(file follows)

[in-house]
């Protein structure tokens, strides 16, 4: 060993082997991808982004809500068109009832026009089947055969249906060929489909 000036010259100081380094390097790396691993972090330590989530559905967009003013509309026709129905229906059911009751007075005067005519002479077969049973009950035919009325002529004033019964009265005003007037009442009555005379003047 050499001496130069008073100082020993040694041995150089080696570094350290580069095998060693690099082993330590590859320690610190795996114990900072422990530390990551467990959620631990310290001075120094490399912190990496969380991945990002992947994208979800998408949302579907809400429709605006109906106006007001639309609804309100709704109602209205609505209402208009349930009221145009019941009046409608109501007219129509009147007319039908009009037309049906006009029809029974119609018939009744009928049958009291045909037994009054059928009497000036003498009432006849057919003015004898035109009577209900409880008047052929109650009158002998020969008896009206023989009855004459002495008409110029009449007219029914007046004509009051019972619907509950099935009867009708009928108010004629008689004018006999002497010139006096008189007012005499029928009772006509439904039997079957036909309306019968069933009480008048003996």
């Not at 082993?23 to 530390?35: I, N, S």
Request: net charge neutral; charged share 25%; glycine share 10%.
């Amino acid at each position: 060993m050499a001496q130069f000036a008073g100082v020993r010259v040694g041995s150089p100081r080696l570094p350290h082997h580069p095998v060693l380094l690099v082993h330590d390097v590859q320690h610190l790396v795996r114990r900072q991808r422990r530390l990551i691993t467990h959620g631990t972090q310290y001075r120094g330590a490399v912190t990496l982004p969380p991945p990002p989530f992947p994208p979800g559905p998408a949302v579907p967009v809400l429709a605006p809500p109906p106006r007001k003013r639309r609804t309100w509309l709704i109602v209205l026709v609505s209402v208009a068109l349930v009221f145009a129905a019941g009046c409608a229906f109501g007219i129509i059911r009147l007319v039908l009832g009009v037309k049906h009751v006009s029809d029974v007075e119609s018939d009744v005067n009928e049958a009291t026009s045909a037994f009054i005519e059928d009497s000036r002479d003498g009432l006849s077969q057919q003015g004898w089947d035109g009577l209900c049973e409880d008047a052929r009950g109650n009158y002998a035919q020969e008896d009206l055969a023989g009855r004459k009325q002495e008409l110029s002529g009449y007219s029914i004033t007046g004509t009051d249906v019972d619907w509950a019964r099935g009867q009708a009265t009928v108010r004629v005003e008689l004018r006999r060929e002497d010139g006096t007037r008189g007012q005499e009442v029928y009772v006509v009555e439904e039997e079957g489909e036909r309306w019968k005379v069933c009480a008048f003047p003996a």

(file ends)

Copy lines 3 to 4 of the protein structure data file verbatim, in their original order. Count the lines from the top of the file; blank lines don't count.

């Not at 082993?23 to 530390?35: I, N, S």
Request: net charge neutral; charged share 25%; glycine share 10%.